Relationship between standard length and total weight

No significant differences between males and females were found in the power models constructed from the SL-TW relationship (ANCOVA, p> 0.05); therefore, a shared model was constructed. The slope of the above power model (b= 2.87) was not statistically different from the hypothetical value of 3 (Student"s t-test, p > 0.05) to detect isometric growth (Fig. 4).

 

 

Reproductive features

Although percentage of reproductively active individuals was always <25%, there were two peaks: the months of winter and summer (Fig. 5). The correlation between percent of ripe individuals and water temperature was not significant (rs= 0.021, p > 0.05) and there was no detected correlation between spawning individuals and temperature (rs= –0.27, p> 0.05).

 

 

Relative condition was highest during December 2000 January 2001, which coincide when there were more percentage of females at Stages IV and V and the average water temperature was < 26 ºC (Fig. 6a). Relative condition was the lowest during March when the proportion of sexually mature individuals was increasing and water temperature began to increase in the early spring (Fig. 6b).

 


 

Size at first maturity (Lm50%) was 18.6 cm SL, based on the logistic model (Fig.7); the smallest fish showing reproductive activity was 10.5 cm SL.

 

 

Discussion

In the Aguamilpa Reservoir, dominance of males over females in most months probably results from spatial segregation. Similar results in African lakes were reported by Fryer (1972), concluding that this is common in populations of cichlids and there was no risk in the fishery. Some authors suggest clear differences in the sex ratio are common among the Cichlidae, for example, Ramos-Cruz (1995) found that male Oreochromis aureus in the Benito Juárez Reservoir accounted for 72.2% of the population and Biotecs (1990) reports that males of that species accounted for 67% of the population in the Temazcal Reservoir. According to other authors, in lakes and reservoirs of Mexico and Nigeria, male of O. niloticus represent ~50% of the populations (Gomez-Marquez et al., 2003; Komolafe & Arawomo, 2007). In the Aguamilpa Reservoir, temperature is largely dependent on water depth and quantity of water withdrawn for domestic and agricultural purposes. In the time to our survey, lower water volumes were reported (<4000 m3), which decreased the depth of the reservoir (Rangel-Peraza et al., 2009). These changes in the reservoir could affect the growth and period of reproduction (Wantzen et al., 2008).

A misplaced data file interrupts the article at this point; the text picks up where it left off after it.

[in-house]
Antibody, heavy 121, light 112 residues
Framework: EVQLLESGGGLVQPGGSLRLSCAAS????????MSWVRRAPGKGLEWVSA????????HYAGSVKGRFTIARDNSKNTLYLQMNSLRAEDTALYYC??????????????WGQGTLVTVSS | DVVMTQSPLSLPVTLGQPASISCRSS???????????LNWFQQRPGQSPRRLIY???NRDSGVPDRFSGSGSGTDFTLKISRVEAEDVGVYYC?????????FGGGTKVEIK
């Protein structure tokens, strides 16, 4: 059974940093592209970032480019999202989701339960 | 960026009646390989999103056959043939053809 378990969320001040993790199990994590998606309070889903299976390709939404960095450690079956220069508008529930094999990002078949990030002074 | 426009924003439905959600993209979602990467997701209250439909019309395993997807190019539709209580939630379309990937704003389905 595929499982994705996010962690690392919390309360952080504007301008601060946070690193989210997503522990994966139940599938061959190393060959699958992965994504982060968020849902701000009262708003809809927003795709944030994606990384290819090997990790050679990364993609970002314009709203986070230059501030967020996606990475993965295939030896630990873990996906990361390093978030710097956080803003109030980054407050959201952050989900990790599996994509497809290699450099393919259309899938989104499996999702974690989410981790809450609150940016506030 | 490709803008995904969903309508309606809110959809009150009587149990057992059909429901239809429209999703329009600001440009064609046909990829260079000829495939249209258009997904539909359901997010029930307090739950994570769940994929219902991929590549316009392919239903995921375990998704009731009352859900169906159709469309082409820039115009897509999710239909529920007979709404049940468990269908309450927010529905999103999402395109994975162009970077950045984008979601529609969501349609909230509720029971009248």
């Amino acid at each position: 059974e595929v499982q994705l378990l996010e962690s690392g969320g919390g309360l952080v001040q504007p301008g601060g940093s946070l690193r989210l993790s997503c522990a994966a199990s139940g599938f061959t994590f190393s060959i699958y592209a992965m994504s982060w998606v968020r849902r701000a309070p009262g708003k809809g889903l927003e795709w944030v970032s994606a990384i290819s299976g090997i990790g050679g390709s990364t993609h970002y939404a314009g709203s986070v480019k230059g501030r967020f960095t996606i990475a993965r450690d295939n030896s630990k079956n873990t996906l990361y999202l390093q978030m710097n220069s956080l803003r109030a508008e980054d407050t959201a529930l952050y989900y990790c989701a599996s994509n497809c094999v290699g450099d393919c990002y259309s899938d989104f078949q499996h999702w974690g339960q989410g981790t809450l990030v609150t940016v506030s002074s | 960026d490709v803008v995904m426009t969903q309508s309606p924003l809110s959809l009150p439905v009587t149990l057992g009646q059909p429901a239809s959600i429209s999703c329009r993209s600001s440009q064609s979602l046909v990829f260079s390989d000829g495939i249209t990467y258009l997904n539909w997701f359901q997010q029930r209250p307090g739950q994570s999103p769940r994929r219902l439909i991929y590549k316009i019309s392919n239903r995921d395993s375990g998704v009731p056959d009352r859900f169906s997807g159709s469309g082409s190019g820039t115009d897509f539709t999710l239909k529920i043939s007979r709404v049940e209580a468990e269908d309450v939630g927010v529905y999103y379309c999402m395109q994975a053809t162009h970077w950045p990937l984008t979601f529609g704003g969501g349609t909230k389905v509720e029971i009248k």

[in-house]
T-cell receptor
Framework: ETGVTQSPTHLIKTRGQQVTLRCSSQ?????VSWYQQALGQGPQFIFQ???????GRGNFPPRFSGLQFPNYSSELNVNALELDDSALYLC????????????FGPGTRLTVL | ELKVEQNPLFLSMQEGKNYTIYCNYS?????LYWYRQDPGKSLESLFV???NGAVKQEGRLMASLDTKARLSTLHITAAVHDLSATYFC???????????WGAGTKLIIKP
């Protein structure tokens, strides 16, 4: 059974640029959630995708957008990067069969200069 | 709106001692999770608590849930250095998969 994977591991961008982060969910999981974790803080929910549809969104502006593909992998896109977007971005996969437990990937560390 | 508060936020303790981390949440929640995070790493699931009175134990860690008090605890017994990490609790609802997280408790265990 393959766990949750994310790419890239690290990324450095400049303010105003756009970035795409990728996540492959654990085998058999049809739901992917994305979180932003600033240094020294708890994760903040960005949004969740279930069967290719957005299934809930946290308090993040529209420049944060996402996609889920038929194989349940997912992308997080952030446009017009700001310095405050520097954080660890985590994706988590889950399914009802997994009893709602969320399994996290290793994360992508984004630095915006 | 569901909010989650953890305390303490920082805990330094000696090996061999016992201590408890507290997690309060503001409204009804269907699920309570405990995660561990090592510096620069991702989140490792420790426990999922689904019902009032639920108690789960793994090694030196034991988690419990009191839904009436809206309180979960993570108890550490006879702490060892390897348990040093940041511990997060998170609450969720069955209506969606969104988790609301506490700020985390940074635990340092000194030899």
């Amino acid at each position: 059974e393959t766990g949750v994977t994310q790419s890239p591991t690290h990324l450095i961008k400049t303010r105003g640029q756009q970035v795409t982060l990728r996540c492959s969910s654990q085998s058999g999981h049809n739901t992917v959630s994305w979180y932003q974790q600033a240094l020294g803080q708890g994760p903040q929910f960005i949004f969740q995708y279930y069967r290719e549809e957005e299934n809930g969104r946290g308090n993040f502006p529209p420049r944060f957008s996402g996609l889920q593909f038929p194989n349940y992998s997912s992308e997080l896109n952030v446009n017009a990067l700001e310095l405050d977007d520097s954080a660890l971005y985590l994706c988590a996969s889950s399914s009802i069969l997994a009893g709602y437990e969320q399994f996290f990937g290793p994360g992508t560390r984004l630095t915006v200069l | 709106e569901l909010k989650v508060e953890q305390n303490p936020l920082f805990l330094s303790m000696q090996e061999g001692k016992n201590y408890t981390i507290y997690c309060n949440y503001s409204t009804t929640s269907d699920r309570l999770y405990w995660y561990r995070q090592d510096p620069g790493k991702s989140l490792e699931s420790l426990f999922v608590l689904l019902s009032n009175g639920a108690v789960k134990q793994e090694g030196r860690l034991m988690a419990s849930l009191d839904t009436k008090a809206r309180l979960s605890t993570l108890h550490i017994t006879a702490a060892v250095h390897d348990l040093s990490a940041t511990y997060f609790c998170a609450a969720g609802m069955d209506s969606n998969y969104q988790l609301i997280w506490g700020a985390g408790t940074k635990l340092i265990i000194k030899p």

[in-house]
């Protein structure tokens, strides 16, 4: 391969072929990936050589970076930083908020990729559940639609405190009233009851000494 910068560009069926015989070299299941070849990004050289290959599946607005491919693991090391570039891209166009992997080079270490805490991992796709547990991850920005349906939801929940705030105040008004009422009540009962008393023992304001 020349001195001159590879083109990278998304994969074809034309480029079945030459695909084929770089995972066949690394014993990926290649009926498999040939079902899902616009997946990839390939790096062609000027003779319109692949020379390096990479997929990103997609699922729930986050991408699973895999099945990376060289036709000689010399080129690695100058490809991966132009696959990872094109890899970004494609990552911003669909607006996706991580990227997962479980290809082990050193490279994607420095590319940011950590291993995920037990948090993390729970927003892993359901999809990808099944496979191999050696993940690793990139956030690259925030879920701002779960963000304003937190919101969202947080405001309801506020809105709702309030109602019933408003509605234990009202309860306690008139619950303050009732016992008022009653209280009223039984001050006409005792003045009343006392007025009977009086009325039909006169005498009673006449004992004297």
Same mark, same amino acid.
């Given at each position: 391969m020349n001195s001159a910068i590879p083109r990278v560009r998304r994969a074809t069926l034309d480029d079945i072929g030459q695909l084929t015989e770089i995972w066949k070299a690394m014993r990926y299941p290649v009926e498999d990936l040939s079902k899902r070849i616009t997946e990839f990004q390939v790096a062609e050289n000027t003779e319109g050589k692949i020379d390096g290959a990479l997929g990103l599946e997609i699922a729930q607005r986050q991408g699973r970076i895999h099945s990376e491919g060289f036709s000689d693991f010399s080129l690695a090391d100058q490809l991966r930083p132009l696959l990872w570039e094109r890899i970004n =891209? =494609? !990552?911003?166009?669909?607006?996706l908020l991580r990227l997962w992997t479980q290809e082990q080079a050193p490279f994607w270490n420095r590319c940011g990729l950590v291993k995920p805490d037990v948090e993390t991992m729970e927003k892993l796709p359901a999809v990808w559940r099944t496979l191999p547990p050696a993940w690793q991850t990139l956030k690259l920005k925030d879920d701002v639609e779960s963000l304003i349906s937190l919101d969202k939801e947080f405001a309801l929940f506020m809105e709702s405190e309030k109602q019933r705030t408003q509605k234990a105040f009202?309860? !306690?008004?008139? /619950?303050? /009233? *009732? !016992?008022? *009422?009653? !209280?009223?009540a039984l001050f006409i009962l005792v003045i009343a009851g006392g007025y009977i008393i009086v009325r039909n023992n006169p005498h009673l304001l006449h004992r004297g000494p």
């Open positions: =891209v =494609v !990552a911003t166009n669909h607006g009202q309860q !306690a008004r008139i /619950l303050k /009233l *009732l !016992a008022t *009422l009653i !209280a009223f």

Obtaining accurate values for the relationship between length and weight is important because estimates of biomass made with analytical models, such as a virtual population, requires average weight of individuals (Frota et al., 2004), which is easily obtained if one has the a and b values of this relationship. The SL-TW relationship indicated that the Sinaloa cichlid has isometric growth because the value of b (2.87) did not differ statistically from the theoretical value (b = 3) and differs from allometric growth for cichlid species found in other reservoirs and lakes (Ramos-Cruz, 1995; Fonticiella, 2000; Khallaf et al., 2003; Gomez-Marquez et al., 2008). The above differences in species of the Cichlidae are attributed to eating problems, density of fish, and environmental conditions (Murphy et al., 1991). Ibáñez (2004) suggests that variations in allometry of tilapias O. aureus and O. niloticus result from seasonal environmental changes and is also affected by maturity of the gonads. The reproductive process increases body weight without necessarily reflecting suitable physical condition; therefore, an index may be necessary to assess the condition of the fish and the condition index of Le Cren (1951) is useful to evaluate the condition in Sinaloa cichlid.